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Lazanić's Replica of a Roman Portrait in Dubrovnik

Igor Fisković ; Filozofski fakultet Sveučilišta u Zagrebu

Puni tekst: hrvatski, pdf (22 MB) str. 55-61 preuzimanja: 125* citiraj
APA 6th Edition
Fisković, I. (1991). Lazanićeva replika rimskog portreta u Dubrovniku. Peristil, 34 (1), 55-61. Preuzeto s
MLA 8th Edition
Fisković, Igor. "Lazanićeva replika rimskog portreta u Dubrovniku." Peristil, vol. 34, br. 1, 1991, str. 55-61. Citirano 22.09.2021.
Chicago 17th Edition
Fisković, Igor. "Lazanićeva replika rimskog portreta u Dubrovniku." Peristil 34, br. 1 (1991): 55-61.
Fisković, I. (1991). 'Lazanićeva replika rimskog portreta u Dubrovniku', Peristil, 34(1), str. 55-61. Preuzeto s: (Datum pristupa: 22.09.2021.)
Fisković I. Lazanićeva replika rimskog portreta u Dubrovniku. Peristil [Internet]. 1991 [pristupljeno 22.09.2021.];34(1):55-61. Dostupno na:
I. Fisković, "Lazanićeva replika rimskog portreta u Dubrovniku", Peristil, vol.34, br. 1, str. 55-61, 1991. [Online]. Dostupno na: [Citirano: 22.09.2021.]

The great exhibition A Thousand Years of Croatian Sculpture, held in Zagreb in the spring of 1991, revalued the marble head of an old man from the Museum of the Dominican monastery in Dubrovnik. lt was then attributed to the Croatian sculptor Nikola Lazanić. He was born on the island of Brač, where his presence is corroborated by the signature on the relief altar of S. Peter's church at Nerežišća from 1578. For several years he was a member of the Illyrian confraternity ot S. Jerome in Rome, where he sculpted a number of works, including stone representations of this saint for the buildings owned by the confraternity. After 1589 his presence is recorded in Dubrovnik, where two of his signed sculptures representing S. Blaise and S. Jerome have been preserved. Both sculptures are characterized by an expressive Mannerist style. In this town the artist also taught painting. His pala in the church of Our Lady of Carmel in Bitonto on the italian side of the Adriatic sea is dated at 1593.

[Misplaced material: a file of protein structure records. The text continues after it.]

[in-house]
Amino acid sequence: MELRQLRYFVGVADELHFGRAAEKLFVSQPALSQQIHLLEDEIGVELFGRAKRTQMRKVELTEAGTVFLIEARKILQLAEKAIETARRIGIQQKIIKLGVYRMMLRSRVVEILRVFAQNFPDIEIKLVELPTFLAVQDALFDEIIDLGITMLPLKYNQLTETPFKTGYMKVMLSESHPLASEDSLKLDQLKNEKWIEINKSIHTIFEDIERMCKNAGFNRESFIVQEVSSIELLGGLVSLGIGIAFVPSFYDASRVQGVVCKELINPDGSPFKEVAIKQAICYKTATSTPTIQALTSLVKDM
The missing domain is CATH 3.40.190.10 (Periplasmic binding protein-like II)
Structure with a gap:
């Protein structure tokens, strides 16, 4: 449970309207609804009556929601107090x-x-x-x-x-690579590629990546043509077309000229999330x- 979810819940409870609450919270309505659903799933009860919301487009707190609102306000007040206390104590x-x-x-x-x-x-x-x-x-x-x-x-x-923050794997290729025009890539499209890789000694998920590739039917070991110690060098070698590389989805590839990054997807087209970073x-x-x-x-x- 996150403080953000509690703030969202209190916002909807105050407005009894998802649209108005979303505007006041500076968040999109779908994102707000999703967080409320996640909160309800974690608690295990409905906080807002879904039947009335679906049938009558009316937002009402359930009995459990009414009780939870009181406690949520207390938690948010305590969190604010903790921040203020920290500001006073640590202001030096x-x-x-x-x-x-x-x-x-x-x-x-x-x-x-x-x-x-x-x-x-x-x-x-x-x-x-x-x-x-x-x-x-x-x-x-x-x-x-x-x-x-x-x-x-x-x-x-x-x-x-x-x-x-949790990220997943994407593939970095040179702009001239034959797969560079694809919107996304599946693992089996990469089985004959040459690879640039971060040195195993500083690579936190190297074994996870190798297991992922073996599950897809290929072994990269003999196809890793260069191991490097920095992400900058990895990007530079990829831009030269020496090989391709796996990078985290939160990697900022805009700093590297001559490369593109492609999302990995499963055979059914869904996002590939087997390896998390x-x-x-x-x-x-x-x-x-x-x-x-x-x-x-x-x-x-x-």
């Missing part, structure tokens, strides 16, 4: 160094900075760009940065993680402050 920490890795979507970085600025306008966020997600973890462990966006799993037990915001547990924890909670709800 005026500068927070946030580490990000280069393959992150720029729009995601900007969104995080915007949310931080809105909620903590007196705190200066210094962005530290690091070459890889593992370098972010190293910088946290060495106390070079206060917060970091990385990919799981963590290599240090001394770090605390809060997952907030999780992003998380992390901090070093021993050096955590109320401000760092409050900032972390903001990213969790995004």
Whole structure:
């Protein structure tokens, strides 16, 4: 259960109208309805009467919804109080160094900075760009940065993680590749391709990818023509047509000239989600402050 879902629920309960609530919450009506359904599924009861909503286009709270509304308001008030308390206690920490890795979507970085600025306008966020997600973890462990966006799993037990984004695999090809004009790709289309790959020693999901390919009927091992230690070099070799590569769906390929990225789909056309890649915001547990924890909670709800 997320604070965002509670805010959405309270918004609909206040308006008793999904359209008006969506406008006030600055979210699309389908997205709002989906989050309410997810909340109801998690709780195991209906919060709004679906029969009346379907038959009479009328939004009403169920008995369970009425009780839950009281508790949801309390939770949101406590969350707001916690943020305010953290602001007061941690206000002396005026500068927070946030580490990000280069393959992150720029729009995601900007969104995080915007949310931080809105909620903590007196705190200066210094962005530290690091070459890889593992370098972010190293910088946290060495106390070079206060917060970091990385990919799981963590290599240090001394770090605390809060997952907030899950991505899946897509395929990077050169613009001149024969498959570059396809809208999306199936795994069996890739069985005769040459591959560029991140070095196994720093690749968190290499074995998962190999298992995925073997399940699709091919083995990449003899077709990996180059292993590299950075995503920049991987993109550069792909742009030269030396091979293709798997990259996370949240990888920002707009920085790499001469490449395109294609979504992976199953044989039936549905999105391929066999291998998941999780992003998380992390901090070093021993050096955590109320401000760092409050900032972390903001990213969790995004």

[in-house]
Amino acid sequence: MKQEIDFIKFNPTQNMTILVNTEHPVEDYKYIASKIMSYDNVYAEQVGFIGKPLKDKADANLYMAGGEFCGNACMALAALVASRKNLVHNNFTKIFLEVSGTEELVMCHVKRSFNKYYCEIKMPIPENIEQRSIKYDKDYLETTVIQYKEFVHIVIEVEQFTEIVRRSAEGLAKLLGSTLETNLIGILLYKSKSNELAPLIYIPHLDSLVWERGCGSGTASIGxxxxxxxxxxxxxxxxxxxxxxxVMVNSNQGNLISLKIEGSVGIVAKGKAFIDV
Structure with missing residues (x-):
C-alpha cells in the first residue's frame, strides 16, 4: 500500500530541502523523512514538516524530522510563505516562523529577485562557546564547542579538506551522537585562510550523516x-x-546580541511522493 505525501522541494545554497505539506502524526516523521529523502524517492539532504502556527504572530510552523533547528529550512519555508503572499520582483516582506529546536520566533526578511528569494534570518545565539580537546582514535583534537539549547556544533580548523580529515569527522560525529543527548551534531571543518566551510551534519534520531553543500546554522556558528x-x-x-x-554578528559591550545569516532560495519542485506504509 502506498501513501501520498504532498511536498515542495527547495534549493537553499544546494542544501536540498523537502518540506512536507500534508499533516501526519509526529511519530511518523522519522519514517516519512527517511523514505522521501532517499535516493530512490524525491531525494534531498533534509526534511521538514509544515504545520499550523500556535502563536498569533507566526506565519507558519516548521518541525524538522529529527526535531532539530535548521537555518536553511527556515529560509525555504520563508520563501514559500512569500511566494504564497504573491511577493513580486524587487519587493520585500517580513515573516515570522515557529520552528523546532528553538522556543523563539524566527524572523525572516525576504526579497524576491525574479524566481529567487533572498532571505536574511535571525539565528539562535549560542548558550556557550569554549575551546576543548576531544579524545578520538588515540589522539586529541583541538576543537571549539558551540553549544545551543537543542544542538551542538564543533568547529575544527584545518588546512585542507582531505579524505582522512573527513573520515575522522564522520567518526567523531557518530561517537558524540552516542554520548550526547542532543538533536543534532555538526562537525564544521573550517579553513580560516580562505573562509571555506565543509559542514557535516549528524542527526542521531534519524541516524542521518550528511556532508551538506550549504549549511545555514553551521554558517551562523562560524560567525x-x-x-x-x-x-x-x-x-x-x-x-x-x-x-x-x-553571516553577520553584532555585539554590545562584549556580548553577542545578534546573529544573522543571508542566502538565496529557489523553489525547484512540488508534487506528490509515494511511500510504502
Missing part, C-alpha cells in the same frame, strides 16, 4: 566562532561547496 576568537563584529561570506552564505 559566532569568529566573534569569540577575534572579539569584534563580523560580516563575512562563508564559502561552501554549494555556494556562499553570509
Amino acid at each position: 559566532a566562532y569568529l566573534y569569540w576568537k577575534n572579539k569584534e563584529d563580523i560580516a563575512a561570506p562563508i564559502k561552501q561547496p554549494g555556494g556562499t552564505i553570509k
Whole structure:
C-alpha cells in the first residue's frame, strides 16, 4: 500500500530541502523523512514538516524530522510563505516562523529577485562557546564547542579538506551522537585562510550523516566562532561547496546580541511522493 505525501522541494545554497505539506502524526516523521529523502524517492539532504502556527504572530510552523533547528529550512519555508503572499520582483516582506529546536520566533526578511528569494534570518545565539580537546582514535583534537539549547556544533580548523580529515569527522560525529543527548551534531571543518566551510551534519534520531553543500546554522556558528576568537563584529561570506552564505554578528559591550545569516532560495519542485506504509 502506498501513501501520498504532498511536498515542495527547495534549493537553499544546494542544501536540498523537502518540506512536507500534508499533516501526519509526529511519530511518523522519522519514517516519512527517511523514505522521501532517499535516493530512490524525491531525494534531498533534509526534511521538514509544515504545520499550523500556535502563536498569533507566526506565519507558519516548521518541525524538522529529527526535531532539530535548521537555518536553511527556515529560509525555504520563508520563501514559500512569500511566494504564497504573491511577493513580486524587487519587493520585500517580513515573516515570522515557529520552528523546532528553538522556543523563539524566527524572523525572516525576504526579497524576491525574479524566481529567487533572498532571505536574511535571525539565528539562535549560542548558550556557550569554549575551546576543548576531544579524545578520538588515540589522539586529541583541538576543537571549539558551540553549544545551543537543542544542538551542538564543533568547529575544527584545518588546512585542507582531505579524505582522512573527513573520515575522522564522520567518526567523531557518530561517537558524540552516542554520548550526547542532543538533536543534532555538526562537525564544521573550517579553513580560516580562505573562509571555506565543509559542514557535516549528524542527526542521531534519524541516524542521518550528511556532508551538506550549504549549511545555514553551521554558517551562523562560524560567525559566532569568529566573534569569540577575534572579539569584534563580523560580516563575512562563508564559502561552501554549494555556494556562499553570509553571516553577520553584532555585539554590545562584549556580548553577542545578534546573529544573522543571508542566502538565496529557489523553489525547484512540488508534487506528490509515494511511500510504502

This study deals with the discovery of the ancient model for the aforementioned Dubrovnik head. lt is a portrait of an unknown Roman from the Ny Carls Glyptoteke in Copenhagen, and we know it had been copied on several occasions in the 16th century by the Roman sculptors of that period. It was undoubtedly appreciated by the masters of the High Renaissance. Due to its plastic expressiveness, the author believes it was made at the beginning of the third century AD and that it served as the model for the Dubrovnik head. He attempts to prove it by a detailed analysis and comparison with the other Dubrovnik sculptures which were quite certainly made by Nikola revealing in particular the Mannerist spirit of the sculptor's work and stating that Lazanić should be considered a follower of Jacopo Sansovino's Roman assistants. lt might actually be concluded that Lazanić, just like the other Dalmatian masters of the chisel, arrived in Italy via Venice, to then find temporary refuge in Rome attracted by its artistic rise. The results of these journeys are to be seen in his most mature Dubrovnik works, the head from the Dominican monastery included due to its morphologic characteristics. Besides, it may have belonged to the memorial of the rich donor and patron of the arts Vice Stijepović Skočibuha, who died in 1588.

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